FaintFlex Vol. 19 - Why There's No Black Barstool

And who I think could build it.

If we’re not friends on Twitter, you probably haven’t heard from me in awhile (since December to be exact, so happy new year?) With COVID-19 dominating the first half of 2020, wouldn’t blame you if you didn’t miss me that much.

To my new subscribers, I use this newsletter to explore the worlds of new media, content-driven commerce, the creator economy, & various other rabbit holes related to consumer & internet culture.

Every few months or so, I like to reset my approach to writing to keep things fun. And the quarantine presents an opportunity to hopefully get back into a rhythm.

If you have a strong point of view on anything I share, definitely reach out! Instead of a “request for startups”, I prefer to view this as a “request for conversation.”

This edition covers:

  • why there is no black Barstool

  • why I’m revisiting the cyberpunk era

Why There is No Black Barstool

Fresh off a ~$100M revenue year & major investment from Penn National Gaming (which valued the company at $450M), Barstool Sports is proving what a success story could look like for modern media brands.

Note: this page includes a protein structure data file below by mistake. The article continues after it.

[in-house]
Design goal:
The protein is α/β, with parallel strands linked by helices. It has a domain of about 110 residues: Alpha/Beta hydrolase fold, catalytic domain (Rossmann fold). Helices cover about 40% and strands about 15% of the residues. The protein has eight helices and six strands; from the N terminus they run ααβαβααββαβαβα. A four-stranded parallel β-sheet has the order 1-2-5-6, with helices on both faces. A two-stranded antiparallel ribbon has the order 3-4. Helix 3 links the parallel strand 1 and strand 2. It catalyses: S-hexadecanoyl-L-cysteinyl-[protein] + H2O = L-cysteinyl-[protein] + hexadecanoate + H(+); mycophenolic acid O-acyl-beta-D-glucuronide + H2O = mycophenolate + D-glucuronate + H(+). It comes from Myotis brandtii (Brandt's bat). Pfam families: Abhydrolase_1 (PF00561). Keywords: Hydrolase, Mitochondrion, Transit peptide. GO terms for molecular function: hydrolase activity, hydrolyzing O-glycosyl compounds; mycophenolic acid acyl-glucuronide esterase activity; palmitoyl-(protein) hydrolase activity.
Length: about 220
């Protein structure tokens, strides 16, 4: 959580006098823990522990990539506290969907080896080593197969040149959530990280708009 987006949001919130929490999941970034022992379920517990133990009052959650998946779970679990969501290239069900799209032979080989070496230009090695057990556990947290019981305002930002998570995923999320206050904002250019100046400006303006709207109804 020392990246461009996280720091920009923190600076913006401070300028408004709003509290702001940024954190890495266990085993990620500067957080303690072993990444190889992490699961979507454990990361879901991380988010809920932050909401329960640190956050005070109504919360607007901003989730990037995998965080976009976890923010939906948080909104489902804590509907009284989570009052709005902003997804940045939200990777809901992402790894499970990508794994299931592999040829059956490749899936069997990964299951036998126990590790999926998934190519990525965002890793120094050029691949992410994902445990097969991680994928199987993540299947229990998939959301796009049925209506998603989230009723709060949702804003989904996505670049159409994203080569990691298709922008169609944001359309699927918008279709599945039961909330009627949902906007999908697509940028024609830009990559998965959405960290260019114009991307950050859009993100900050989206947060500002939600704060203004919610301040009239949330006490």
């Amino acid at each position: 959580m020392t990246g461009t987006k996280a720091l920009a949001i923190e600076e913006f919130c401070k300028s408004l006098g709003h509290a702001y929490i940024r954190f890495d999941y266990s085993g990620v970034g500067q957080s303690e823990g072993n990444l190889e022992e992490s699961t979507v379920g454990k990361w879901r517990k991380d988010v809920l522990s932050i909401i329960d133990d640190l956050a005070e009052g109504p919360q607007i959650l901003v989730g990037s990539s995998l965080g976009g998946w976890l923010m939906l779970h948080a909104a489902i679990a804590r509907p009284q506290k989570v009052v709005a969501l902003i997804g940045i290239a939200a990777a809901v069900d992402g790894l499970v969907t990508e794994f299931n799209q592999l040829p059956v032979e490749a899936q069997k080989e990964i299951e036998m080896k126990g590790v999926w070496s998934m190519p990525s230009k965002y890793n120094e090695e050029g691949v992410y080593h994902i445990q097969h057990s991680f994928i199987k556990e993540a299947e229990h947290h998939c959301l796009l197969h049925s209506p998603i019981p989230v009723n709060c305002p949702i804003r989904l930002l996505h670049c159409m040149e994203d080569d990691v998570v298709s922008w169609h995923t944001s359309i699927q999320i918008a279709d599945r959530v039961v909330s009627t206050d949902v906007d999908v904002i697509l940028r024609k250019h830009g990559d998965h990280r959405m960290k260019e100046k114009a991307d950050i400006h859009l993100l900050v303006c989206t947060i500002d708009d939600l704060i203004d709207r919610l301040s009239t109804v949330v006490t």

Yes Coronavirus is taking a major toll on them. However, Barstool’s personality-driven, comedic nature should help at least maintain audience engagement online while everyone waits in quarantine for sports to be back.

Stoolies might come for the sports, but they stay for the personalities. 

So if Barstool is actually a comedy brand disguised as a sports & pop culture commentary company, why isn’t there a comparable for fans of black culture?

There are TONS of hilarious black internet personalities with followings. It seems like after witnessing Barstool’s success, a few would come together and attempt to replicate the model with their own twist. 

After reflecting on this for months, my main observation comes down to a difference in the core of their content & commentary styles - sketches vs. unscripted.

Sketches vs. Unscripted

Barstool personalities are unmatched at creating relatable content & moments in real time. Their core has evolved into multiple talk shows per week with daily blogs, tweets, & short form videos from their 69 personalities. And their network of 50+ branded, college, & city related Instagram accounts is nothing to sneeze at. 

They’re always on, unscripted, unfiltered. You quickly get to know their opinions about basically EVERYTHING because they never stop talking. Their entire brand feels like a group chat of ongoing dialogue that happens to be funny. Then they create IP & merchandise inspired by their conversations (i.e. #saturdaysarefortheboys, Zillion Beers, etc)